Harsh lessons learnt, Michael O'Hara believes he is finally ready to fulfill his potential

By February 19, 2021

In the summer of 2015, 18-year-old Calabar High School track star Michael O’Hara signed a professional contract with Puma and joined the world-famous Racers Track Club where he would rub shoulders with global stars Usain Bolt, Yohan Blake, Warren Weir and a host of other world-class athletes.

Big things were expected from O’Hara who was the World U18 200m champion in 2013 and who also excelled at the 100m, 110m hurdles and even the 400m.

His 10.19 and 20.45 personal bests over the 100m and 200m, respectively, hinted at what was possible once he matured under the experienced handling of Coach Glen Mills.

“Michael is one of the world's top young sprinters. He is a World Youth Champion and multiple Jamaican Champion. Under the coaching guidance of Glen Mills I am confident that he has a very bright future," said his agent Ricky Simms.

Unfortunately, things have not gone as planned with the talented athlete struggling to make the successful transition that so many had expected of him.

Four years later, he returned to his high school coach Craig Sewell and began to make headway in the sprint hurdles, one of the three events at which he excelled in high school. Now, a member of the newly formed Legacy Track Club at his old high school, O’Hara believes he is finally ready to live up to his immense potential.

In a recent interview with Sportsmax.TV, O’Hara, now 24, believes he has learned the lessons necessary for him to finally make the next step.

“Back then I had to learn the sport better and to learn what the transition is and what it takes; to accept the fact that there might be downfalls, to accept the fact that there might be mistakes and during the time we have to fall down and get back up,” he said.

“Now, I am more focused and understanding of what it takes to be a professional athlete and what it takes to get where I want to be.”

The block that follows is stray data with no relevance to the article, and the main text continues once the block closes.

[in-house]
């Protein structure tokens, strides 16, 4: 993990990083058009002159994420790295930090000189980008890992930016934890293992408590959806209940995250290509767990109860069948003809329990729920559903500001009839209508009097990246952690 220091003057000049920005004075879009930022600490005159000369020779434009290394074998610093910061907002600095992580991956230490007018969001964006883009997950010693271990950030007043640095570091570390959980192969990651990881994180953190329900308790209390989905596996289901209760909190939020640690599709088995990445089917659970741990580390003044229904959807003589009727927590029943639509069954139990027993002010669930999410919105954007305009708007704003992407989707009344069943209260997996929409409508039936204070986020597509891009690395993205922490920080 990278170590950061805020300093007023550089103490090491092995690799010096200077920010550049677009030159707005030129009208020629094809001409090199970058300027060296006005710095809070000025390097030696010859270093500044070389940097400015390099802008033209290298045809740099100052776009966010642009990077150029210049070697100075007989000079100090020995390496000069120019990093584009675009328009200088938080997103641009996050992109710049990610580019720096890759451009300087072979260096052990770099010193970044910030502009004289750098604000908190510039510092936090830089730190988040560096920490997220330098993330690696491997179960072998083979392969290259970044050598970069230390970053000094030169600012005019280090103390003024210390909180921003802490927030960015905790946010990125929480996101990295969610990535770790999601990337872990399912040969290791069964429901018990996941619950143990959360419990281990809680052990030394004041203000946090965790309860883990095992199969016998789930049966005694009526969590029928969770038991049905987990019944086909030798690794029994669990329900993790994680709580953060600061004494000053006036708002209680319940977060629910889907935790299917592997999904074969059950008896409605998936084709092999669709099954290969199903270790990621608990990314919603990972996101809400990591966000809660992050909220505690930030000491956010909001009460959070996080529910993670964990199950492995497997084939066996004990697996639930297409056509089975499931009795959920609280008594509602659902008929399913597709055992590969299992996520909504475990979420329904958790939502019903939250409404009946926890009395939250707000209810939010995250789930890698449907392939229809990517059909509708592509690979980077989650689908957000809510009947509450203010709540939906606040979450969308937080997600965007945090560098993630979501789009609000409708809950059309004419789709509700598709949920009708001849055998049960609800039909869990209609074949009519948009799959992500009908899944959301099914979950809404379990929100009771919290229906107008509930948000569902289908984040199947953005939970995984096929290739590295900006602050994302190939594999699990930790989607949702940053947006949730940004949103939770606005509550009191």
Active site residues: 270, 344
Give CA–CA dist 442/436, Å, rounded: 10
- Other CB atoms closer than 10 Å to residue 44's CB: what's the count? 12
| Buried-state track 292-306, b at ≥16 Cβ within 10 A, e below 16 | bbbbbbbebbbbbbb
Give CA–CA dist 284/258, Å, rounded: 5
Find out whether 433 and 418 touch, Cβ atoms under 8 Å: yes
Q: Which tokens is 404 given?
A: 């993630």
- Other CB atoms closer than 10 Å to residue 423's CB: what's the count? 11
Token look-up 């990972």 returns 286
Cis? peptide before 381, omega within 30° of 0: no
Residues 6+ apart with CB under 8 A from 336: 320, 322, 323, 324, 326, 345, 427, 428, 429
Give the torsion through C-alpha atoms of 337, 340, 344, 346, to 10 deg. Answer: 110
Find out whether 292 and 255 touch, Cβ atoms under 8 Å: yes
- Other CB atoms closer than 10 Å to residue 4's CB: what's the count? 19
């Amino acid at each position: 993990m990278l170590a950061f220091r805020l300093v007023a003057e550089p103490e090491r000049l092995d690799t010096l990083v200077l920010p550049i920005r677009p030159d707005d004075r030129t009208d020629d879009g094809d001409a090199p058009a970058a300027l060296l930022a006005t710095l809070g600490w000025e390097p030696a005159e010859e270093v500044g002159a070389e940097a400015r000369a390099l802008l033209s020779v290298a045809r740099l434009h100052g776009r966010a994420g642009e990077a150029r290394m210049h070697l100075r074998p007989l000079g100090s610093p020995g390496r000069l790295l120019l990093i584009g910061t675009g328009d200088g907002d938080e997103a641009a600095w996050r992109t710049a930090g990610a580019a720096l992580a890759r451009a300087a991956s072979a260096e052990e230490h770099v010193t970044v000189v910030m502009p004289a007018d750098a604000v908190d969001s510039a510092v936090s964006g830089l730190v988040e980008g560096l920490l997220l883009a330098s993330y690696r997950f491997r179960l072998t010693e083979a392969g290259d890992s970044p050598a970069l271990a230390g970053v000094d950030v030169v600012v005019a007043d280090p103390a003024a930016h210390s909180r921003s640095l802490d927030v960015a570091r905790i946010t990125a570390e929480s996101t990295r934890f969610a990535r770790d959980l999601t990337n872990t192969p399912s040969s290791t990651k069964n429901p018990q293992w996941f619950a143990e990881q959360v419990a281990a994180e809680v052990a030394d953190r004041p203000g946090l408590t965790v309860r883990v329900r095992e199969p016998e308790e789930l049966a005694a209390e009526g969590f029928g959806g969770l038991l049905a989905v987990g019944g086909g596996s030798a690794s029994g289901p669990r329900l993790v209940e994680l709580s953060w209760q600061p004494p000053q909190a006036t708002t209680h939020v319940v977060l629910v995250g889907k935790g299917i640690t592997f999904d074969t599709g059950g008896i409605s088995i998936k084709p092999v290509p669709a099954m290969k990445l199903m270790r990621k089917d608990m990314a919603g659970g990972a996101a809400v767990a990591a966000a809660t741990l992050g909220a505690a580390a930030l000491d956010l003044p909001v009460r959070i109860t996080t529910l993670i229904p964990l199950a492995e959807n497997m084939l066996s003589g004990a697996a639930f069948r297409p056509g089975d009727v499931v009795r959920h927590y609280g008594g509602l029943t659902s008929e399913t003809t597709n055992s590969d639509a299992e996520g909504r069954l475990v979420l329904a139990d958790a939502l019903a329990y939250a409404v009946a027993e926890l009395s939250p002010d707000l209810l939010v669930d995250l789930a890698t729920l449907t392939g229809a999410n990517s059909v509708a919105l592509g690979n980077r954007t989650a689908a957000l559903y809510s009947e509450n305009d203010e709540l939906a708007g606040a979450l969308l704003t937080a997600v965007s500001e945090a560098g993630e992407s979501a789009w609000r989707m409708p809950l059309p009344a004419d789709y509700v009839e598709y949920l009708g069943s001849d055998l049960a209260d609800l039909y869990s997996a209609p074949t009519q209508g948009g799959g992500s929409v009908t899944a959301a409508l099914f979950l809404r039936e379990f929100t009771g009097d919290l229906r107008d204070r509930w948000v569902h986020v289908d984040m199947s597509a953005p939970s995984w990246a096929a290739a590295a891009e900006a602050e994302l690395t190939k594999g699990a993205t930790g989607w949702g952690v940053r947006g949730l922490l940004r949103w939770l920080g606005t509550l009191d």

Head Coach at Legacy Omar Hawse tells Sportsmax.TV that the signs are there that this not just talk from the former high school star. Since he has returned to Calabar and training with his former coaches, O’Hara has been a different athlete.

“He has been putting in some good work. He is more focused, he seems to be very hungry, takes instructions better and seems eager to get to his best,” Hawse said. “Let us hope it can continue.”

The early signs of improvement were there in 2019 when after returning to the sprint hurdles, his former coach Glen Mills admitted that O’Hara seemed to have found his niche. The 13.61 he ran in Loughborough was an indicator that things were moving in the right direction and put him in line to qualify for the 2019 World Championships in Doha.

After qualifying for the finals of the sprint hurdles at Jamaica’s national championships in 2019, OHara fell and was denied a place on the team to Doha. Notwithstanding that disappointment, OHara feels like things are finally falling into place for him to move forward.

“It’s a good welcome home for me. The coaches are not unfamiliar so my mind is in a good place,” he said. “I am very good to be where I am right now. Working with Sewell again has been rejuvenating because he was there in high school with me. The chemistry was there in high school and there is no unfamiliar chemistry now that I am back with him.”

Sewell said the focus is now on getting Michael physically ready for whatever event he chooses to do.

“We are preparing him for anything that he could do well in if it’s the hurdles, the 100 or 200,” he said. “That’s the plan going forward for him. I don’t think he has any preference at this point, he is just preparing for all, being more technical at all so when we are ready to make that decision, it will come down to what’s best at that time.”

Along the way, OHara has come in for much criticism from an expectant public, disappointed in his lack of progress. He says he is used to that and chooses to use those negatives in a more positive manner.

“Criticism is nothing new coming from high school to now. I take them as motivation for me. I always train like I have something to prove. This is my drive; that is what gives me my push to go forward,” he said.

 

Leighton Levy

Leighton Levy is a journalist with 28 years’ experience covering crime, entertainment, and sports. He joined the staff at SportsMax.TV as a content editor two years ago and is enjoying the experience of developing sports content and new ideas. At SportsMax.tv he is pursuing his true passion - sports.

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